Have you ever wanted to leave wood trim installed but cut it down? Or, have you ever wanted to trim off a decorative piece of wood that is installed over a china cabinet or built-in? If so, I want to give you a step-by-step for How to Make Clean Cuts on Wood.
We've had this weird corner built-in in our living room since we first moved in. If I was smart, I would have removed the whole piece (because I hate it) BEFORE the wood flooring was installed around the built-in. But, I wasn't smart and so, we don't have continuous flooring underneath the piece. I've debated for a few years over what to do with the built-in and I've made small changes but I still didn't like the piece.
Now though, it's not bad and if I could figure out how to style or make it feel part of the living room, I might be able to get on board with it. Anyways, enough of my jabbering, let's get onto the tutorial!
How to Make Clean Cuts on Wood
This is the finished piece. =) What do you think?
Before we jump right in to the project, let me explain the backstory. In our living room, we had a built-in corner cabinet. I've never loved it and have had the hardest time trying to figure out how to incorporate it into my style. When we first moved in it had a door with paneled glass, scrollwork on top and more. Over the past few years, I've made changes to the corner cabinet trying to help modernize it without getting rid of it. I think I made a big mistake with doing that to be honest.
2014 - I tried to modernize it by covering the glass inside with wrapping paper.
I let other people influence my opinion on keeping the cabinet because it "was built-in" and "high quality."
Well, to be honest, I shouldn't have cared about that. I didn't like it then and I still don't like it now. Now, the problem is that we had hardwood flooring cut, installed and stained AROUND the cabinet (meaning that the wood flooring doesn't go underneath the cabinet). If I took the cabinet out, the corner of the living room, where the built-in is, wouldn't have flooring. So, that's annoying.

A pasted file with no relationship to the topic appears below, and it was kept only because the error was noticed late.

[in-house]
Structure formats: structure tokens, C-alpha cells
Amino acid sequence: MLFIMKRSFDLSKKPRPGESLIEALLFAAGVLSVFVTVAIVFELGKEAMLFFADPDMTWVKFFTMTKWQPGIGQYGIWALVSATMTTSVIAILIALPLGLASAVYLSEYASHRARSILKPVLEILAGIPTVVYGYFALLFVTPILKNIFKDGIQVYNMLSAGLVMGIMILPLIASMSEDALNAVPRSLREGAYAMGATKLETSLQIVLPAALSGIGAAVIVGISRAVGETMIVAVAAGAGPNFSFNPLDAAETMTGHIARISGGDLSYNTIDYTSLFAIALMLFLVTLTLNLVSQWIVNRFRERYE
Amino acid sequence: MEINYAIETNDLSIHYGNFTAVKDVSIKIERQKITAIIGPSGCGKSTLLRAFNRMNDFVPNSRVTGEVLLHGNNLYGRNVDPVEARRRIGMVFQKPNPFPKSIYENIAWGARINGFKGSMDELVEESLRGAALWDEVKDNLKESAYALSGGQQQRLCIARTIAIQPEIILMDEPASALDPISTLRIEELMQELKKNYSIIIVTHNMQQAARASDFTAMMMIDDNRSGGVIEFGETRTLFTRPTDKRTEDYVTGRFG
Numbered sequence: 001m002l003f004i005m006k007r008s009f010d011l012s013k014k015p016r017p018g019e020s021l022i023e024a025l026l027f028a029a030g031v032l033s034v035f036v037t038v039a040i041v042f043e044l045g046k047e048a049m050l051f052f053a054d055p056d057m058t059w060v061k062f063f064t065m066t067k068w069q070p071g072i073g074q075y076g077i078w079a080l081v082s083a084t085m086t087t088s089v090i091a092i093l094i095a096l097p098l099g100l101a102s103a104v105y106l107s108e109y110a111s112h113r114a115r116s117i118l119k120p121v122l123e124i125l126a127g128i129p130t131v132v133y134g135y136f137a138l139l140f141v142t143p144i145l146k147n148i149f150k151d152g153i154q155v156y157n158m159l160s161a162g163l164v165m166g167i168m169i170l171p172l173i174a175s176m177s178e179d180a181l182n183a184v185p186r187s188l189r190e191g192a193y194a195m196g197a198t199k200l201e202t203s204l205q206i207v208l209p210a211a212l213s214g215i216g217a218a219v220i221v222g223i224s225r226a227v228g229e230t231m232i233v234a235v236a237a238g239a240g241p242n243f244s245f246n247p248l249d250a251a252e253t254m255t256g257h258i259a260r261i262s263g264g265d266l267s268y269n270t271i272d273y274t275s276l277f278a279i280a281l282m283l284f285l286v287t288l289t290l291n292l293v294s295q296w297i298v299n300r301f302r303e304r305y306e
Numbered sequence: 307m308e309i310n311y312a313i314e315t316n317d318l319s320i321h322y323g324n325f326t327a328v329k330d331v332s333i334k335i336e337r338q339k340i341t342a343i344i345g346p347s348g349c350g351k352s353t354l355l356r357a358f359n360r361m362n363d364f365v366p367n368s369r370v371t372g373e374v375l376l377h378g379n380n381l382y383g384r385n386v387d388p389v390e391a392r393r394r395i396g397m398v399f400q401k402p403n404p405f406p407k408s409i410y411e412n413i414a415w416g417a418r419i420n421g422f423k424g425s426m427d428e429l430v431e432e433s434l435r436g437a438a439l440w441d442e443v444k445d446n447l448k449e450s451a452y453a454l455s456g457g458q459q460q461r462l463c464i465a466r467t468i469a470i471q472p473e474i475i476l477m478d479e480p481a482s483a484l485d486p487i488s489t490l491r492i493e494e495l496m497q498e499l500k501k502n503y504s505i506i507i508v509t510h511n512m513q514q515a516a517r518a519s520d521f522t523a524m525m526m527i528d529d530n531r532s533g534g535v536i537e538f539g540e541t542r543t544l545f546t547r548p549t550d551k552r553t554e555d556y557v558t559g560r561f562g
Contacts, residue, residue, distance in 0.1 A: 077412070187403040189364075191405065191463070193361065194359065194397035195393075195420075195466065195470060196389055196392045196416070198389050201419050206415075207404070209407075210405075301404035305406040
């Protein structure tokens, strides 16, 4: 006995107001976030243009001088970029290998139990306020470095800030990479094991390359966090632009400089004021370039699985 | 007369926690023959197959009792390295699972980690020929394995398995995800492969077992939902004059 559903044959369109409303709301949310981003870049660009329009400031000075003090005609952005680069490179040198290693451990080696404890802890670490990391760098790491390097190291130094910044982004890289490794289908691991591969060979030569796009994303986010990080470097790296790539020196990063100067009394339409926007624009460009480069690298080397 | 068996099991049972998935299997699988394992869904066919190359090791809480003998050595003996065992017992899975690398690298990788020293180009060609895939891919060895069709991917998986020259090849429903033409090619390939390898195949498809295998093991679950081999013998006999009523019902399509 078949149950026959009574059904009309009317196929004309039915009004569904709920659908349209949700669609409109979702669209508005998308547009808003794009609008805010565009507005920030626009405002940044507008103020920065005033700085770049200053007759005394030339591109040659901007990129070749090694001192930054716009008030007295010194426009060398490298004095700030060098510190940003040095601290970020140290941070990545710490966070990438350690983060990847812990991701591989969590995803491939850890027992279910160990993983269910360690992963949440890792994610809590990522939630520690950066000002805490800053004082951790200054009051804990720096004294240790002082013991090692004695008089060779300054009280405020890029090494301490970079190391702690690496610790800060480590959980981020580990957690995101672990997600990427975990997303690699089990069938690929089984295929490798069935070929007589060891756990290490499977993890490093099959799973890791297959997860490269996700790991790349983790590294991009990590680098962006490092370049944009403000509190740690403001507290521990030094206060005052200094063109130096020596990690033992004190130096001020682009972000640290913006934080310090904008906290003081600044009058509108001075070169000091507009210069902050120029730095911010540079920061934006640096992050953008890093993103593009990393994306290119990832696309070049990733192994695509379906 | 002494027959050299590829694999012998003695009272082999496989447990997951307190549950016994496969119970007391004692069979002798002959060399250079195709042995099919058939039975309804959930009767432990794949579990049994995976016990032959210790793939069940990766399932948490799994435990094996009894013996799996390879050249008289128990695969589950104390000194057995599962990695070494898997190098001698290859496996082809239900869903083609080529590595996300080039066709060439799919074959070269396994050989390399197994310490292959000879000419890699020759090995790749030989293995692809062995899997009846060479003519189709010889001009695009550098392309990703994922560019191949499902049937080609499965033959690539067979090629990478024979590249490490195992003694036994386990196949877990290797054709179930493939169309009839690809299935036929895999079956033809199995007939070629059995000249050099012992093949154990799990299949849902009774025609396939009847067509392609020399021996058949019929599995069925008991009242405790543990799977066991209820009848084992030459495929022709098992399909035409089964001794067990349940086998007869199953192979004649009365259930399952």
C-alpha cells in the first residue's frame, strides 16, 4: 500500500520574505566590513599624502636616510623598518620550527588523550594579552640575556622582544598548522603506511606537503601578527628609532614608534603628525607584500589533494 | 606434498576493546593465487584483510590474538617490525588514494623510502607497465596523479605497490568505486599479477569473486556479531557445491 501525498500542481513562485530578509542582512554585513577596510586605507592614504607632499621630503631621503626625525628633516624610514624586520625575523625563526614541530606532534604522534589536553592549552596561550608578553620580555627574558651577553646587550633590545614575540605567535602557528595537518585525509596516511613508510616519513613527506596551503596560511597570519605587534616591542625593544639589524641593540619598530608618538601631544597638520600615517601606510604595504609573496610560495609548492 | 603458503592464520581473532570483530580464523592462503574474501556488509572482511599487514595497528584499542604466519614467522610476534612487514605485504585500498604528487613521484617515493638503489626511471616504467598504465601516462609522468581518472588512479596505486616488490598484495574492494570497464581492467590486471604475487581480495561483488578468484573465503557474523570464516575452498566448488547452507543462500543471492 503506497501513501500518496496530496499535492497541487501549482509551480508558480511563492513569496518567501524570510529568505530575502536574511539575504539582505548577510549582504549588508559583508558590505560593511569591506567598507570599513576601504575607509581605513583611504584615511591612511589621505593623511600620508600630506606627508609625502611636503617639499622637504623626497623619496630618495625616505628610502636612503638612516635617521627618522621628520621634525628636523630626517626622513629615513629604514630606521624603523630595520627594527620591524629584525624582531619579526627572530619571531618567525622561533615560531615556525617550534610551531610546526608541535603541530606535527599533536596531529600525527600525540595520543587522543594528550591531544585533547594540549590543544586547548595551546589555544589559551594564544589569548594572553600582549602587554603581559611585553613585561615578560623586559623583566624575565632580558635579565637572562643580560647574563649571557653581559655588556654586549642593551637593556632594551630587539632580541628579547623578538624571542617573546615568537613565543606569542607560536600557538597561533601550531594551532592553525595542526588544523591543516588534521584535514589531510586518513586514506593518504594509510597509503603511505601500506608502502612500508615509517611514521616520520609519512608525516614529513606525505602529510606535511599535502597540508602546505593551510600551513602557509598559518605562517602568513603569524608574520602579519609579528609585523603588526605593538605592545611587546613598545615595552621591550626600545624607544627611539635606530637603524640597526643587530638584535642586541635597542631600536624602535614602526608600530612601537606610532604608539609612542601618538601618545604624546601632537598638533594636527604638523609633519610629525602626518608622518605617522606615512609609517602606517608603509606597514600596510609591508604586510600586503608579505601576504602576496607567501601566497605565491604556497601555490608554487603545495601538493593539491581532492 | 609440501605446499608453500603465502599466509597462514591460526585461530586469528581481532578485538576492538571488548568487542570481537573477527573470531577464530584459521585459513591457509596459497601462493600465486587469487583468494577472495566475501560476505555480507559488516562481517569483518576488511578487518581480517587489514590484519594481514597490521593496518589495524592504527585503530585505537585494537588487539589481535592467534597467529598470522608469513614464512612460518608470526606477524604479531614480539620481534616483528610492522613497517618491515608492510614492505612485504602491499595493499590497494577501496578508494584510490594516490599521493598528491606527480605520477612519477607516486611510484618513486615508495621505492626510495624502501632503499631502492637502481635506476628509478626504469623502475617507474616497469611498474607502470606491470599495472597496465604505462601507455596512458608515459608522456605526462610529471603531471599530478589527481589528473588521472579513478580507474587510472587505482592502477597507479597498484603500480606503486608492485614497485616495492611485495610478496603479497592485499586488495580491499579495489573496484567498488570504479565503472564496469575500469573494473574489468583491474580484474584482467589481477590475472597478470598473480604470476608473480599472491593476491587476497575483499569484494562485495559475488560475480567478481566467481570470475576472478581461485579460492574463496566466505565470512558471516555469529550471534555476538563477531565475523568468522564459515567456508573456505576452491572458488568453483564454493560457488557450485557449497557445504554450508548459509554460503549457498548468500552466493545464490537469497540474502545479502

For now, I'm still focusing on trying to make the corner cabinet work for me instead of ripping it out, having my floor pulled up and patched. We will see how long I stick with that.
So, let's get to why I'm sharing the How to Make Clean Cuts on Wood tutorial with you. I've decided, at least for now, to work WITH my cabinet and by working WITH my cabinet, I'm trying to modernize it a bit more.
So, here's the cabinet how it's been for awhile:
At this point, I had taken the door off and tried to see how it was attached to the wall (as you can see from the pried up top).
After living with that iteration, I knew I hated it so whatever I did to it would be better than what it was. So, I started demolishing it.
I had planned to use the jigsaw to get a good cut at the top of the base but Luke thought there was a better tool than the jigsaw for this project and he was right! We bought a double edge pull saw. The exact one that we got in store, I can't find online but I linked up one for you that had great reviews on Amazon.
They aren't expensive, which is nice! If you have ever used a drywall saw, it's a similar cutting motion to that (all manual but easy).
Once it was cut, we lightly sanded the top and then painted the cabinet. We went with the same color as the kitchen cabinets, Cracked Pepper by Behr but color-matched to Benjamin Moore Advance.
I snapped this cute picture of Greyson when he was working on homework but the cabinet with one coat of paint is in the back.
After two coats of paint, we were done. Eventually, I think I'd like to have a marble remnant cut for the top. I think that would help make it feel more complete.
Through this process, I filmed IG stories. I put them together in a video... Watch it if you want a good laugh at my inability to say what tool we used!
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